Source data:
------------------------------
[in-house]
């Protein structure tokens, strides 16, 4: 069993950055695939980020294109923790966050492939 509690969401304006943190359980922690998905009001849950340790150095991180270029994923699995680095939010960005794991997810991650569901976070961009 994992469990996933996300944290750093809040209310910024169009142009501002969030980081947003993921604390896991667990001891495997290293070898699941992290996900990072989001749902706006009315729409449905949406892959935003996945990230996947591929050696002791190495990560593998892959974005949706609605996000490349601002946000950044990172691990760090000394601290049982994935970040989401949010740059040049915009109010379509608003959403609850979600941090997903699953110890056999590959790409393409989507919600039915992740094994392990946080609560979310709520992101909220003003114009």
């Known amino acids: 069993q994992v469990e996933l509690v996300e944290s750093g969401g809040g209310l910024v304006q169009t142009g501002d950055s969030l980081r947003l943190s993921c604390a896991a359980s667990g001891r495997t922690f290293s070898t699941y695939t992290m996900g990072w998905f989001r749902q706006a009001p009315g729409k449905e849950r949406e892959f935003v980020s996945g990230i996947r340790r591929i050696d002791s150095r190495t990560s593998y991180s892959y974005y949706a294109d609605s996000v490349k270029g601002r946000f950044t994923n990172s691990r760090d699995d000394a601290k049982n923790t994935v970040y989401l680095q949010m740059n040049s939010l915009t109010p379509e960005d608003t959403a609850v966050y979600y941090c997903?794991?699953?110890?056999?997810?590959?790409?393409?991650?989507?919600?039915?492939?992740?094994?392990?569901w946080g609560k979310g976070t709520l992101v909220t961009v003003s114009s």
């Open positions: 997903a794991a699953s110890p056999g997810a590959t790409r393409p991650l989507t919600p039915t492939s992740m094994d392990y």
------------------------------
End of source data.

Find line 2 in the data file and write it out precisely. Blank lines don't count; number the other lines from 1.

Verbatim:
């Protein structure tokens, strides 16, 4: 069993950055695939980020294109923790966050492939 509690969401304006943190359980922690998905009001849950340790150095991180270029994923699995680095939010960005794991997810991650569901976070961009 994992469990996933996300944290750093809040209310910024169009142009501002969030980081947003993921604390896991667990001891495997290293070898699941992290996900990072989001749902706006009315729409449905949406892959935003996945990230996947591929050696002791190495990560593998892959974005949706609605996000490349601002946000950044990172691990760090000394601290049982994935970040989401949010740059040049915009109010379509608003959403609850979600941090997903699953110890056999590959790409393409989507919600039915992740094994392990946080609560979310709520992101909220003003114009």